NIH study supports BC treatment as prevention model
National Institutes of Health study supports BC Centre for Excellence in HIV/AIDS’ findings that HAART significantly reduces transmission and spread of HIV
The National Institutes of Health’s (NIH) National Institute of Allergy and Infectious Diseases (NIAID) announced today the results of a landmark international study evaluating the impact of highly active antiretroviral therapy (HAART) on the transmission of HIV within sero-discordant heterosexual couples. The study was led by Dr Myron Cohen and conducted by the NIH sponsored HIV Prevention Trials Network (HPTN), and is known as the HPTN 052 protocol.
The results of HPTN 052 confirmed that the use of HAART decreased HIV transmission by over 90%. Additionally, the study showed that earlier initiation of HAART was associated with a greater than 40% reduction in the rate of disease progression.
"This US study highlights the effectiveness of the made-in-B.C. solution in reducing the transmission and spread of HIV/AIDS through treatment." said Michael de Jong, BC Minister of Health. "These results may assist other jurisdictions in the world to consider adopting this treatment as a prevention model to stop HIV disease progression and to prevent HIV transmission."
The findings of HPTN 052 confirm those previously reported by the BC Centre for Excellence in HIV/AIDS (BC-CfE). In 2009 BC-CfE investigators reported a greater than 90% reduction in HIV incidence among injection drug users in the Downtown East Side of Vancouver as a direct result of the introduction of HAART in that community. More recently, on July 18, 2010, the BC-CfE published in the Lancet, a long-term study demonstrating a greater than 60% reduction in HIV new diagnoses in the province of British Columbia, as a result of the introduction of HAART in 1996 and a subsequent expansion of HAART coverage starting in 2003.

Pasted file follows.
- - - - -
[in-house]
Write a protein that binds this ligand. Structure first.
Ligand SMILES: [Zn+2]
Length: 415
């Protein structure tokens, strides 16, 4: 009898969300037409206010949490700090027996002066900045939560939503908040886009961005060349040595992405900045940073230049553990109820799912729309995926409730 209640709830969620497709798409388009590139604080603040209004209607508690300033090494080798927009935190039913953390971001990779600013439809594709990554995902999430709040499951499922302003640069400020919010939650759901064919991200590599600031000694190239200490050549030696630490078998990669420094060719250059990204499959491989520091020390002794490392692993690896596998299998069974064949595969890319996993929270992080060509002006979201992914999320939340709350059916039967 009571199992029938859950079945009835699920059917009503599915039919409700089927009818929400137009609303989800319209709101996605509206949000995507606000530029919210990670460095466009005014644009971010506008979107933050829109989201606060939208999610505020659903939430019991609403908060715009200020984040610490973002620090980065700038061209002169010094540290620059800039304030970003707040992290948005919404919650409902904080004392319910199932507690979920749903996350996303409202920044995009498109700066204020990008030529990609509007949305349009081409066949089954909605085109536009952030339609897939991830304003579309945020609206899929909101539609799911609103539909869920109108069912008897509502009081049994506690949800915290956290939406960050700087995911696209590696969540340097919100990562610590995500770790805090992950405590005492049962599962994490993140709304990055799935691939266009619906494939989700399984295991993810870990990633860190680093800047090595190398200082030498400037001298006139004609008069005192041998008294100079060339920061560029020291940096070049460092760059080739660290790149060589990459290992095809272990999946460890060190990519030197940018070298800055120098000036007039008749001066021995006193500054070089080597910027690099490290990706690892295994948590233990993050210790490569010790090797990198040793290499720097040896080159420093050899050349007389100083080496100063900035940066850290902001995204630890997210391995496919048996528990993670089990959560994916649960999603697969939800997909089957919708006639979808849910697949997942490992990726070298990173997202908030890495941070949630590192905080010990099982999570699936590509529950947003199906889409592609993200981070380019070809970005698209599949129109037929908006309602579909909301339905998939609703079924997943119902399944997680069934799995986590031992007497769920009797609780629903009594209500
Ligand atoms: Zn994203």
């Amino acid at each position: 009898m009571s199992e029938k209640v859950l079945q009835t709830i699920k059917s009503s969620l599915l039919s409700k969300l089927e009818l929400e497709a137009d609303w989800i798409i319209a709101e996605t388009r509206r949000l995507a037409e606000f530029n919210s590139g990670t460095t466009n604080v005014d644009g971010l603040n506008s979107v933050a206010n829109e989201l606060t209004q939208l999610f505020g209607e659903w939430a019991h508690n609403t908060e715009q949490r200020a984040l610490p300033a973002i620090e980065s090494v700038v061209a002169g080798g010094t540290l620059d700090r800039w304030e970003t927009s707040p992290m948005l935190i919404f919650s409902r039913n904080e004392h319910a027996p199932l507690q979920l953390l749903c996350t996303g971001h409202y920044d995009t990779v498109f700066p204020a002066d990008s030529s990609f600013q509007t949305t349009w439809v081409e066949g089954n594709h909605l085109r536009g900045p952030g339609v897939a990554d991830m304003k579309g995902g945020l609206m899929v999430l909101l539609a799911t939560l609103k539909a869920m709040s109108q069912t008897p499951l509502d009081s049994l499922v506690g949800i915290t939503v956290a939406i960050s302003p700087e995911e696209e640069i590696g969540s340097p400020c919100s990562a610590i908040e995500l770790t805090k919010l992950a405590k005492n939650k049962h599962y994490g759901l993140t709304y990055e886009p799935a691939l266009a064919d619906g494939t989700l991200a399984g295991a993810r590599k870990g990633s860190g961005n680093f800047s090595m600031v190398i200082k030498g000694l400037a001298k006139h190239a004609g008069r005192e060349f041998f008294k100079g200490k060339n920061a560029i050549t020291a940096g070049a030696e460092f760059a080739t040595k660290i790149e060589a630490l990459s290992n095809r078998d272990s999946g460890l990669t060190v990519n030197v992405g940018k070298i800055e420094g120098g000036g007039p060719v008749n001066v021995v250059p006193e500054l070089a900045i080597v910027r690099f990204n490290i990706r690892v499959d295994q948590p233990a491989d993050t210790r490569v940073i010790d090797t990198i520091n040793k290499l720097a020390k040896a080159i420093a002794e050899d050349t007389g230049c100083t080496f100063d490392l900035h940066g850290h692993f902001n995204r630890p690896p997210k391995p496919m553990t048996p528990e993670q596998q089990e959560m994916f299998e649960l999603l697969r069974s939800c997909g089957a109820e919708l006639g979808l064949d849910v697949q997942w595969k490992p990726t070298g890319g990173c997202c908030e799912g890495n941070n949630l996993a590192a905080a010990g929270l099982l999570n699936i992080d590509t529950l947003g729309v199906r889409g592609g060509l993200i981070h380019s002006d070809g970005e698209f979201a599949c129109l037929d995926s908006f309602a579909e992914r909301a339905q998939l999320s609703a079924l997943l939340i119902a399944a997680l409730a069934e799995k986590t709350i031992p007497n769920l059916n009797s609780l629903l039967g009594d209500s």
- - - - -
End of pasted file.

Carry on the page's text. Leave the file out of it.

Data resulting from BC-CfE research shows that the number of individuals actively receiving HAART has a strong impact on overall viral load and new diagnoses in the community. As HAART coverage increased, new HIV diagnoses decreased, as HAART coverage stabilized, so to do viral load and new HIV diagnoses. These results have been instrumental in the crafting of the new UNAIDS Treatment 2.0 initiative announced by Michel Sidibe, Executive Director of UNAIDS, as a central pillar of the Global strategy to control HIV/AIDS.
“The BC-CfE celebrates the successful completion of this important study that definitively confirms the secondary preventive value of HAART, as it not only decreases HIV disease progression, it also dramatically decreases HIV transmission,” said Dr. Julio Montaner, BC-CfE director. “These results clearly support continued efforts to expand HIV testing and treatment initiatives to curb the impact of HIV/AIDS as pioneered by the BC-CfE, and currently being adopted in San Francisco, New York, and Washington, DC in the USA and in China.”
HAART treatment plays an important role in the health of people living with HIV, preventing HIV transmission and maximizing public health resources. Recognized as the gold standard treatment for HIV, HAART uses a combination of drugs to stop HIV from progressing to AIDS, extending life expectancy, and significantly reducing HIV-related deaths in diagnosed individuals.
Based on HAART’s effectiveness and ongoing research at the BC-CfE, the government of B.C. is investing in improving access to HAART. In February 2010, the B.C. government announced a $48 million investment over four years to support a pilot project to enhance outreach to dramatically expand HIV testing and treatment for hard-to-reach, HIV-infected individuals. The pilot project is being led by the BC-CfE, and evaluated as part of the BC-CfE’s innovative Seek and Treat for the Optimal Prevention of HIV/AIDS (STOP HIV/AIDS) research program.
View the complete text of the NIAID study.